Real Deal: The Case of the Overzealous Frame Rep

Overzealous frame rep causes problems

A new eyewear line is a big hit, but the frame rep is creating conflict

This article originally appeared in the November-December 2015 edition of INVISION.

It was early evening at Rouillard Vision Partners in Syracuse, NY, and the optical showroom was jammed.

“Have you tried on frames from the new Fareen line?” Doug gestured across the showroom floor at a bright, attractive eyewear display, and led a shopper to its mirror. “The prices are fantastic, and they also look great if you want to make them sunglasses!”

Just then Dr. Rouillard rounded the corner. When she saw Doug, her face got hot and her stomach dropped. She curtly stepped between Doug and the shopper and said, “Excuse me, ma’am, I need to speak with Doug for a moment.” They stepped quickly into an empty exam room.

“Doug, I have asked you before not to speak to my patients,” said Dr. Rouillard. “I know as our Fareen frame rep, you have sales skills and product knowledge. But you are not an employee and you don’t know company protocol.”

The rep took a defensive posture. “Leah asked me to come in,” he said. “I was rebuilding the board, and I thought I could help make a sale. Won’t happen again.” Doug grinned, a charming if disingenuous gesture. He left quickly.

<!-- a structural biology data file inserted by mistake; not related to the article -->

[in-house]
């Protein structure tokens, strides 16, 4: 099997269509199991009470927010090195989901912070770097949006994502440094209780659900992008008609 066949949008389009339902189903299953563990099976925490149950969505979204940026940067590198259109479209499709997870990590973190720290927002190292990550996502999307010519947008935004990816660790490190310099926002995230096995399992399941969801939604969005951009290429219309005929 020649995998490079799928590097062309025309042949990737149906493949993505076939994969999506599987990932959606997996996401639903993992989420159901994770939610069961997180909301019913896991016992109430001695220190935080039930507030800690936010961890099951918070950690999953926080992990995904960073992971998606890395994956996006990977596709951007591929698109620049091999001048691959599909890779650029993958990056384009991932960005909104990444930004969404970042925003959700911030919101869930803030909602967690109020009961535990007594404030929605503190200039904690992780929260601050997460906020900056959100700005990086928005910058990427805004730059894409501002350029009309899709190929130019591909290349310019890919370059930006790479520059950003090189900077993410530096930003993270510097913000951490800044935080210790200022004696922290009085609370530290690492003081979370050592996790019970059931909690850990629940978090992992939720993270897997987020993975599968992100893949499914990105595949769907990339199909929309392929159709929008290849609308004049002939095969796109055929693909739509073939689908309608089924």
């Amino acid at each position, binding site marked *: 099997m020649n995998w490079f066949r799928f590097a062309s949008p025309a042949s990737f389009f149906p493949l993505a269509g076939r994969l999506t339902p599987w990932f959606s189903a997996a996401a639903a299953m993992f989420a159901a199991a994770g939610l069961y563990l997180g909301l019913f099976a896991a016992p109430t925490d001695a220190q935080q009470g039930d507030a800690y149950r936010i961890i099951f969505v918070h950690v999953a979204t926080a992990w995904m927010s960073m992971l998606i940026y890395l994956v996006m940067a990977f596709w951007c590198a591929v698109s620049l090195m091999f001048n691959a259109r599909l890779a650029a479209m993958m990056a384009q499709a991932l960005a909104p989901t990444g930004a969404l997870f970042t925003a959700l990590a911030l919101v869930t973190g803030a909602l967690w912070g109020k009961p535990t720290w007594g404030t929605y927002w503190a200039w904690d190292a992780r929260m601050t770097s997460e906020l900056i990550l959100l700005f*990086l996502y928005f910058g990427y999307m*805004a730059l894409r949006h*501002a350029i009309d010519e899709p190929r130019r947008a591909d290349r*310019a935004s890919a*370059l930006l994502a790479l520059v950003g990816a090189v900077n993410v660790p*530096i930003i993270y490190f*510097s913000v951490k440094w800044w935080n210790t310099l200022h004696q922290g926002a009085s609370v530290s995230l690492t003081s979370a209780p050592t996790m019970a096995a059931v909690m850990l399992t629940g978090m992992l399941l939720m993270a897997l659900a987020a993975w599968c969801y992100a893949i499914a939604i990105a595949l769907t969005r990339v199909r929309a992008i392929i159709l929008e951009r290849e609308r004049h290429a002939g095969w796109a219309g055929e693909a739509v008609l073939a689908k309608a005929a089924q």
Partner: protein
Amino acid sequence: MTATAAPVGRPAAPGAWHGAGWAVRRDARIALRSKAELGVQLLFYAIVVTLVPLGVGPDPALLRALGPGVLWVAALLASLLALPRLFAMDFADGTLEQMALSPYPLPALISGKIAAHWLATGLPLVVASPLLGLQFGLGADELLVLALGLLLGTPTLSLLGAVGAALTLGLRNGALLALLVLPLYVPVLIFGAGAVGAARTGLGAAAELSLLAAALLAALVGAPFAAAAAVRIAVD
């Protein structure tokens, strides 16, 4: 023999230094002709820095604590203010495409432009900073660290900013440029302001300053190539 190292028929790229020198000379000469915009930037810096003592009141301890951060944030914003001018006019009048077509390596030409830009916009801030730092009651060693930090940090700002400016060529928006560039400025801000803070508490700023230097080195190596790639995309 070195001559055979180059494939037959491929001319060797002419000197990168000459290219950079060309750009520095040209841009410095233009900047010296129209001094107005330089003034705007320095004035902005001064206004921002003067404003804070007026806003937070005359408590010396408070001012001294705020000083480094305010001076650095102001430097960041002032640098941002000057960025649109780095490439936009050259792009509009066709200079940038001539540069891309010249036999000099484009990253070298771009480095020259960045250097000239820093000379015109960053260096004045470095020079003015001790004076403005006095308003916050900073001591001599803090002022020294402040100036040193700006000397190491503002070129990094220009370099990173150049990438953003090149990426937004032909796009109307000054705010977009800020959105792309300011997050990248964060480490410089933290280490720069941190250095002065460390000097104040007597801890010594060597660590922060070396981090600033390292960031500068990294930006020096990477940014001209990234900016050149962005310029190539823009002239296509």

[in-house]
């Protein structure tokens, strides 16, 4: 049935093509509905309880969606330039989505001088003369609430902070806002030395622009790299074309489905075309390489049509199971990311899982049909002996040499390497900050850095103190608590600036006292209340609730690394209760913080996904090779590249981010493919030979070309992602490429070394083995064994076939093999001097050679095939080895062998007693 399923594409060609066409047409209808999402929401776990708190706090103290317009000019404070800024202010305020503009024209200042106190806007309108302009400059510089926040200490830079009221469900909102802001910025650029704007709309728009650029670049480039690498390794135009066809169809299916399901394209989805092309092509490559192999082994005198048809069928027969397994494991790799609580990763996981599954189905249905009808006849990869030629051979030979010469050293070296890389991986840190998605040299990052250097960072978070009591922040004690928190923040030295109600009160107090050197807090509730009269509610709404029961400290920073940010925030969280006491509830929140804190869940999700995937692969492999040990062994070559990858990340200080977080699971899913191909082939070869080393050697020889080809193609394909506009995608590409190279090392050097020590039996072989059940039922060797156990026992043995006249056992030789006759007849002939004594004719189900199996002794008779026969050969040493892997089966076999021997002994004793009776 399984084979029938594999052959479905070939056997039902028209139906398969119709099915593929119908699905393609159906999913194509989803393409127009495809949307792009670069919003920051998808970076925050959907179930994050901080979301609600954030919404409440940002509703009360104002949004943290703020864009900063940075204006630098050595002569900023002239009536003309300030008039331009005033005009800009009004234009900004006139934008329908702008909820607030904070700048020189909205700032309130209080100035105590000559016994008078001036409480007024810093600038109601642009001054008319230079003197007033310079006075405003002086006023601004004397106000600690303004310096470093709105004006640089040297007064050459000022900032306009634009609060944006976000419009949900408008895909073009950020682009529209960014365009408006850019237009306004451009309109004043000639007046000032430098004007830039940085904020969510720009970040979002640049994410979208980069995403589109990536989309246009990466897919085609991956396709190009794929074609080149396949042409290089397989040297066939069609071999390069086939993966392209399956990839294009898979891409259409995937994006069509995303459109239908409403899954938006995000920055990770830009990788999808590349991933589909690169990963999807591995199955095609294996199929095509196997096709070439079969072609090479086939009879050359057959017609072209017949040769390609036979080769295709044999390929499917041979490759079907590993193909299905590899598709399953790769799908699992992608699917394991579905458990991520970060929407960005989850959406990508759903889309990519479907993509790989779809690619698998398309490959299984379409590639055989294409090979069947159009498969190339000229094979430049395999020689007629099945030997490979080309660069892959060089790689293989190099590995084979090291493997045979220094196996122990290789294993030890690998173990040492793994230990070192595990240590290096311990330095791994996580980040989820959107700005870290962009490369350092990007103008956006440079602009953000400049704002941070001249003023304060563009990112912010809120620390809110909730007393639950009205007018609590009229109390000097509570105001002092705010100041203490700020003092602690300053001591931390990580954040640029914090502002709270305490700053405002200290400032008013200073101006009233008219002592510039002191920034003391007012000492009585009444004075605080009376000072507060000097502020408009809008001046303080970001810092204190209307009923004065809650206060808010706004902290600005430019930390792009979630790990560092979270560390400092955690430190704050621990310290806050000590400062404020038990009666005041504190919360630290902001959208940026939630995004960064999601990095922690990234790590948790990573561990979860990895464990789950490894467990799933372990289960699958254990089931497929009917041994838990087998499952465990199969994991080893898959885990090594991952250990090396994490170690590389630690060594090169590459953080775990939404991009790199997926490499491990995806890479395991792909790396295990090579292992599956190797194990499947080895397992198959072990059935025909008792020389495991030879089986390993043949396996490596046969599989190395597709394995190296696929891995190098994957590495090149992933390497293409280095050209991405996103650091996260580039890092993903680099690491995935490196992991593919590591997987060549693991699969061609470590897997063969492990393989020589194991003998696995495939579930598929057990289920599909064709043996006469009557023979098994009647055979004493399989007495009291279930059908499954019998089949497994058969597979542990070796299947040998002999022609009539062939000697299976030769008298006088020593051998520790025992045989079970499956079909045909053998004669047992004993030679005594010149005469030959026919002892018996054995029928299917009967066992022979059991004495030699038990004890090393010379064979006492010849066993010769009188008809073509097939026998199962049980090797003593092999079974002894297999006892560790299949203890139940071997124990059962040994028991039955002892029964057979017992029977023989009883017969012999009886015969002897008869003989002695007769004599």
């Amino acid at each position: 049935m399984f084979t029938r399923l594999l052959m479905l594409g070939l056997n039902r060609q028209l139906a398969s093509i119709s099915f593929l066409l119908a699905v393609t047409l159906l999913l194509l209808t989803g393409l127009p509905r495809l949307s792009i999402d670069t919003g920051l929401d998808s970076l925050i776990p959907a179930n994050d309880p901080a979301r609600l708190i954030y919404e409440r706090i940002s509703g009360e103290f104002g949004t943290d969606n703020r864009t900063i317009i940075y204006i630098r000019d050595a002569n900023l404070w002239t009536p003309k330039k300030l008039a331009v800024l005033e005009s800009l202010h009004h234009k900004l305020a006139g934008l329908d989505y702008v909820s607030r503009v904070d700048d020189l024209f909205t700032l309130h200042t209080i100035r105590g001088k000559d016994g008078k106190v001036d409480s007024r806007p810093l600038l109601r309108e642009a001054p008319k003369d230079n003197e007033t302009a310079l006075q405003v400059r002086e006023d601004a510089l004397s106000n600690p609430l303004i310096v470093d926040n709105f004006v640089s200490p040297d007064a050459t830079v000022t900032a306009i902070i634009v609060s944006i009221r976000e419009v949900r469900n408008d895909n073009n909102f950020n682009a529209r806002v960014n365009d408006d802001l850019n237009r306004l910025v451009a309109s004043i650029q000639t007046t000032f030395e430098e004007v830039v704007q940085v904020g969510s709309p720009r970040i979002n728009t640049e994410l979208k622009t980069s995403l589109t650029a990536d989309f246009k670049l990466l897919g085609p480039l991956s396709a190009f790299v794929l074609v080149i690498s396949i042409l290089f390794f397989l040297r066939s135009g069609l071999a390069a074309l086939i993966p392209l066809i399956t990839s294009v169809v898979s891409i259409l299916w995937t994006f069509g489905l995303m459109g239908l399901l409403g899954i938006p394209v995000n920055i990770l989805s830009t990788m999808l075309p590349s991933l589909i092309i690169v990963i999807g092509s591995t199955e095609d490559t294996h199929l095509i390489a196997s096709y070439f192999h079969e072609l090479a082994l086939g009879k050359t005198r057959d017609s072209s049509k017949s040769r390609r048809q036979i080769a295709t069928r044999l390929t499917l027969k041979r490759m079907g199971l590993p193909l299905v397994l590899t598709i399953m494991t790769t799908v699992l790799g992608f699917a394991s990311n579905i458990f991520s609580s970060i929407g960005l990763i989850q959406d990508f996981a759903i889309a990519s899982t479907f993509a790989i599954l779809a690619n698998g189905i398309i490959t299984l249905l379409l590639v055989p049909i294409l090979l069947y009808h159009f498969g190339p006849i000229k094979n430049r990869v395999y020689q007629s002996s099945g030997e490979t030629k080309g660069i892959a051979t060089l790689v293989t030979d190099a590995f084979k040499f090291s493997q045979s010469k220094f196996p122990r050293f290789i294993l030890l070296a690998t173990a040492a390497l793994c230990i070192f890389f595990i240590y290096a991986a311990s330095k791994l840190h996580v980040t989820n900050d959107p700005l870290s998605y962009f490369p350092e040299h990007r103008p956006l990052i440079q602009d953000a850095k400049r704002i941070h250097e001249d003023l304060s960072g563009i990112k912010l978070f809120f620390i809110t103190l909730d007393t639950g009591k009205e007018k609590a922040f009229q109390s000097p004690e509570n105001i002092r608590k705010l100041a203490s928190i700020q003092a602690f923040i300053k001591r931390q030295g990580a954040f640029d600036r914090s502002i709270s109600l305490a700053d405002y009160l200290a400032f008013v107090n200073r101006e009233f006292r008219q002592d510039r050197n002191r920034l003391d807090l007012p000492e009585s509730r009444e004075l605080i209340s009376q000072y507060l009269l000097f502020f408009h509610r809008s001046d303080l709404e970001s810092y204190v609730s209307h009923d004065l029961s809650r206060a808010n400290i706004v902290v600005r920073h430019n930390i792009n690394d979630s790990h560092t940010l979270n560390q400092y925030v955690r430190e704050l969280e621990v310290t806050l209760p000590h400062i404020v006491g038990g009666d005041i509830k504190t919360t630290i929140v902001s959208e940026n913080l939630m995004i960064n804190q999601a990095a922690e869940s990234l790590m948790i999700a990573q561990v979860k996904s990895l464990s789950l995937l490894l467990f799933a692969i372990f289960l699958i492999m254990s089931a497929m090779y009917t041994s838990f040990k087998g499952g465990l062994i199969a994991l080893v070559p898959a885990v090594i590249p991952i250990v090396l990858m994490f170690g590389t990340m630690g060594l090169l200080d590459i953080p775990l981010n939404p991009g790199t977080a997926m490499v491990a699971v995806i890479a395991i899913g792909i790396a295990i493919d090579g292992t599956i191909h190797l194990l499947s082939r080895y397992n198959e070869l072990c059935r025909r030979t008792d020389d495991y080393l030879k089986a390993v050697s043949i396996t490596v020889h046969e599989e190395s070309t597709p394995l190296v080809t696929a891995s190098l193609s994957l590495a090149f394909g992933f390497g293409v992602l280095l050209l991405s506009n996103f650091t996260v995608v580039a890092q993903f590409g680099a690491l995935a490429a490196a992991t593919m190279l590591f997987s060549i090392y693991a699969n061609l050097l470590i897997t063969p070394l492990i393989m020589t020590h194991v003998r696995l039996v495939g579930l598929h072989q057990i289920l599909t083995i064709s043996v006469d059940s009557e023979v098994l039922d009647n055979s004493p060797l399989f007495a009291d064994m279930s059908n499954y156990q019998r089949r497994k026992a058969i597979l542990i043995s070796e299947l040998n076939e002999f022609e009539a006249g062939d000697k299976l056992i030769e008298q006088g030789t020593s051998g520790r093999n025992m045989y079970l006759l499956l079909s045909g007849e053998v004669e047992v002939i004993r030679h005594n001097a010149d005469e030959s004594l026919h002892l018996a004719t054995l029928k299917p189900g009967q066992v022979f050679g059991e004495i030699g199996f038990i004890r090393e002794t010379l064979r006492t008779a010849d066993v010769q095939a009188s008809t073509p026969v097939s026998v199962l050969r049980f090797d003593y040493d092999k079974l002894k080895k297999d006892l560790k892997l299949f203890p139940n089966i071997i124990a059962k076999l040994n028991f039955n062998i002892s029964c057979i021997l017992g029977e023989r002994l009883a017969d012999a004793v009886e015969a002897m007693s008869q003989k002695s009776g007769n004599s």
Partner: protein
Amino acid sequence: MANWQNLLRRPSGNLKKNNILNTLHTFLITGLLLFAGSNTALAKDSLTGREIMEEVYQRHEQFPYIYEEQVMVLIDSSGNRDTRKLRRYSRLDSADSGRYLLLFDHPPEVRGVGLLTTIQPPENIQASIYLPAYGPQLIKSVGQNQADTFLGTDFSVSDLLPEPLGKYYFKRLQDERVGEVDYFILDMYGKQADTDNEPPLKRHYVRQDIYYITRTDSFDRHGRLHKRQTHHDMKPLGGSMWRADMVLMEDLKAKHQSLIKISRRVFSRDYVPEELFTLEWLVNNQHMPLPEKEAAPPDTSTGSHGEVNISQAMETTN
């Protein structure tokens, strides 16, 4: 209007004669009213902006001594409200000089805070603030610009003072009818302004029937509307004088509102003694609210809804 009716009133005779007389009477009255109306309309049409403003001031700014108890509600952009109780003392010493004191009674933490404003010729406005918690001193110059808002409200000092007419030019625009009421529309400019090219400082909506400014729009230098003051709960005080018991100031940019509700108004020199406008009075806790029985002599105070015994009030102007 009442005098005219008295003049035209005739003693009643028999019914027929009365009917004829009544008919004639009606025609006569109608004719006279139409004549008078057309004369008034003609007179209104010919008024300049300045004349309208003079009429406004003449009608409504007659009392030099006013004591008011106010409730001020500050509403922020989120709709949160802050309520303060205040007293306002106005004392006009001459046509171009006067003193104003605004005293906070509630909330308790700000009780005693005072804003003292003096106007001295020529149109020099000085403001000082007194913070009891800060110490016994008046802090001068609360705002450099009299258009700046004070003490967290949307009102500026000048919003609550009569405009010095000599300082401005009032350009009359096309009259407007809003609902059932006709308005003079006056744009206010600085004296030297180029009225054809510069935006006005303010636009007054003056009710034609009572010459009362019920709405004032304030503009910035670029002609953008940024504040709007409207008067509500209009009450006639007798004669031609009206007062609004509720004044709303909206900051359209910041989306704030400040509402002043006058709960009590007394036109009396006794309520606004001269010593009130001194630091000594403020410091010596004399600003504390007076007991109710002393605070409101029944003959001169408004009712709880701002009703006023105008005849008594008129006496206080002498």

Real Deal is a fictional scenario designed to read like real-life business events. The businesses and people mentioned in this story should not be confused with actual eyecare businesses and people.


Natalie Taylor is an experienced optometry practice manager for Advanced Care Vision Network and a consultant with Taylor Vision. Learn more at

Doug offered a great new line with exclusivity in the Syracuse area. After four short months, Fareen occupied 15 percent of the board space and accounted for 20 percent of non-economy frame sales. Doug recognized the impact he had, and his ego was fueled with the positive response — both from Fareen execs and the opticians at Rouillard Vision Partners. No frame rep had ever put so much energy into their practice.

After the last patient had left, Dr. Rouillard met with Leah to discuss her concerns.

“Leah, I’m not happy Doug was working with a patient today. He told me you asked him to come in,” said Dr. Rouillard.

“Not really,” Leah replied. “Last week a few of us were out after work for a drink and Doug showed up. I think one of the opticians has a crush on him, and she texted to say where we were. Anyway, I casually mentioned the Fareen board was looking tired. I definitely didn’t say, ‘Please show up on our late night when the office is the busiest.’”

“If it happens again, I need you to be the optical manager and ask him to leave. That message shouldn’t come from me,” said Dr. Rouillard.

“Well, it is kind of nice when he’s here. He always brings snacks or promo items for the opticians, and he’s a great salesman. I notice the other staff watching him and picking up skills. It’s like free CE,” Leah said.

“We have a strict policy not to accept spiffs. It isn’t fair to the non-optical staff,” said Dr. Rouillard.

“I really think the little treats motivate the opticians to sell,” replied Leah, though she knew it was a losing battle. She decided not to mention that Doug paid the group’s bar tab.